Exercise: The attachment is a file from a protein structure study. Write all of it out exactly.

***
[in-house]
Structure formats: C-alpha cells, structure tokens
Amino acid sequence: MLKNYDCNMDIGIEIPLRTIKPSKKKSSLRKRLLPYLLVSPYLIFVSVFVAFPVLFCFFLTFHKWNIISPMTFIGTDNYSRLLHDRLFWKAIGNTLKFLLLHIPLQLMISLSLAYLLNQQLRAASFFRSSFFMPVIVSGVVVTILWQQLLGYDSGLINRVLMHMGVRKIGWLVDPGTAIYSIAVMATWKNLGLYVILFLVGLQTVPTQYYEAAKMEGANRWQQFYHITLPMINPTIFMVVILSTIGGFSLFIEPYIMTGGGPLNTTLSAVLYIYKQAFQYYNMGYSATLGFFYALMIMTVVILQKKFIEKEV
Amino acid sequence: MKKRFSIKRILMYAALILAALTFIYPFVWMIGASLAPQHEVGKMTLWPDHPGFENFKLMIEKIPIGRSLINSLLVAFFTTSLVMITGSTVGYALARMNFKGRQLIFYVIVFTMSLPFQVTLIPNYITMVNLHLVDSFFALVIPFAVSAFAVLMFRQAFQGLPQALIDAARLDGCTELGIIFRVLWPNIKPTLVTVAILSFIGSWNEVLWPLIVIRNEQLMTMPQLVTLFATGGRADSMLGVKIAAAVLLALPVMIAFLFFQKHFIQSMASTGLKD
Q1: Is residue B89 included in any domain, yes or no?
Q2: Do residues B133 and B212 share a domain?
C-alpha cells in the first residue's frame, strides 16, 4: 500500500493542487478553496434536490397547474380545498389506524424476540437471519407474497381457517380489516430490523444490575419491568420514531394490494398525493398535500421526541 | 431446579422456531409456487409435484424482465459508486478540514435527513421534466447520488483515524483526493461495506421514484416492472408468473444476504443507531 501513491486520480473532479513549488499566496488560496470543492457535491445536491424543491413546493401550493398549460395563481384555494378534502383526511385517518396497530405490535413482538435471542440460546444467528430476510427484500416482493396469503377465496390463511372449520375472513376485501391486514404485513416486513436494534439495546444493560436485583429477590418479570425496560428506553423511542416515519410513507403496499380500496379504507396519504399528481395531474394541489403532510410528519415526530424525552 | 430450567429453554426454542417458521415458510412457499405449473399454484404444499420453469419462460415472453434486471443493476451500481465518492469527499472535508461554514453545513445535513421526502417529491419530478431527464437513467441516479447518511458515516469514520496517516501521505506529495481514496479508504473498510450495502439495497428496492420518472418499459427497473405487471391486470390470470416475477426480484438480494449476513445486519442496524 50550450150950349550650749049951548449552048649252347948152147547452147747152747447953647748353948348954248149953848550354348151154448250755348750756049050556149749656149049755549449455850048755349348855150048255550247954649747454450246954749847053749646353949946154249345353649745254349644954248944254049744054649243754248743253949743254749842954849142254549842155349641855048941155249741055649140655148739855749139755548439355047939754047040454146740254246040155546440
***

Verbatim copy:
[in-house]
Structure formats: C-alpha cells, structure tokens
Amino acid sequence: MLKNYDCNMDIGIEIPLRTIKPSKKKSSLRKRLLPYLLVSPYLIFVSVFVAFPVLFCFFLTFHKWNIISPMTFIGTDNYSRLLHDRLFWKAIGNTLKFLLLHIPLQLMISLSLAYLLNQQLRAASFFRSSFFMPVIVSGVVVTILWQQLLGYDSGLINRVLMHMGVRKIGWLVDPGTAIYSIAVMATWKNLGLYVILFLVGLQTVPTQYYEAAKMEGANRWQQFYHITLPMINPTIFMVVILSTIGGFSLFIEPYIMTGGGPLNTTLSAVLYIYKQAFQYYNMGYSATLGFFYALMIMTVVILQKKFIEKEV
Amino acid sequence: MKKRFSIKRILMYAALILAALTFIYPFVWMIGASLAPQHEVGKMTLWPDHPGFENFKLMIEKIPIGRSLINSLLVAFFTTSLVMITGSTVGYALARMNFKGRQLIFYVIVFTMSLPFQVTLIPNYITMVNLHLVDSFFALVIPFAVSAFAVLMFRQAFQGLPQALIDAARLDGCTELGIIFRVLWPNIKPTLVTVAILSFIGSWNEVLWPLIVIRNEQLMTMPQLVTLFATGGRADSMLGVKIAAAVLLALPVMIAFLFFQKHFIQSMASTGLKD
Q1: Is residue B89 included in any domain, yes or no?
Q2: Do residues B133 and B212 share a domain?
C-alpha cells in the first residue's frame, strides 16, 4: 500500500493542487478553496434536490397547474380545498389506524424476540437471519407474497381457517380489516430490523444490575419491568420514531394490494398525493398535500421526541 | 431446579422456531409456487409435484424482465459508486478540514435527513421534466447520488483515524483526493461495506421514484416492472408468473444476504443507531 501513491486520480473532479513549488499566496488560496470543492457535491445536491424543491413546493401550493398549460395563481384555494378534502383526511385517518396497530405490535413482538435471542440460546444467528430476510427484500416482493396469503377465496390463511372449520375472513376485501391486514404485513416486513436494534439495546444493560436485583429477590418479570425496560428506553423511542416515519410513507403496499380500496379504507396519504399528481395531474394541489403532510410528519415526530424525552 | 430450567429453554426454542417458521415458510412457499405449473399454484404444499420453469419462460415472453434486471443493476451500481465518492469527499472535508461554514453545513445535513421526502417529491419530478431527464437513467441516479447518511458515516469514520496517516501521505506529495481514496479508504473498510450495502439495497428496492420518472418499459427497473405487471391486470390470470416475477426480484438480494449476513445486519442496524 50550450150950349550650749049951548449552048649252347948152147547452147747152747447953647748353948348954248149953848550354348151154448250755348750756049050556149749656149049755549449455850048755349348855150048255550247954649747454450246954749847053749646353949946154249345353649745254349644954248944254049744054649243754248743253949743254749842954849142254549842155349641855048941155249741055649140655148739855749139755548439355047939754047040454146740254246040155546440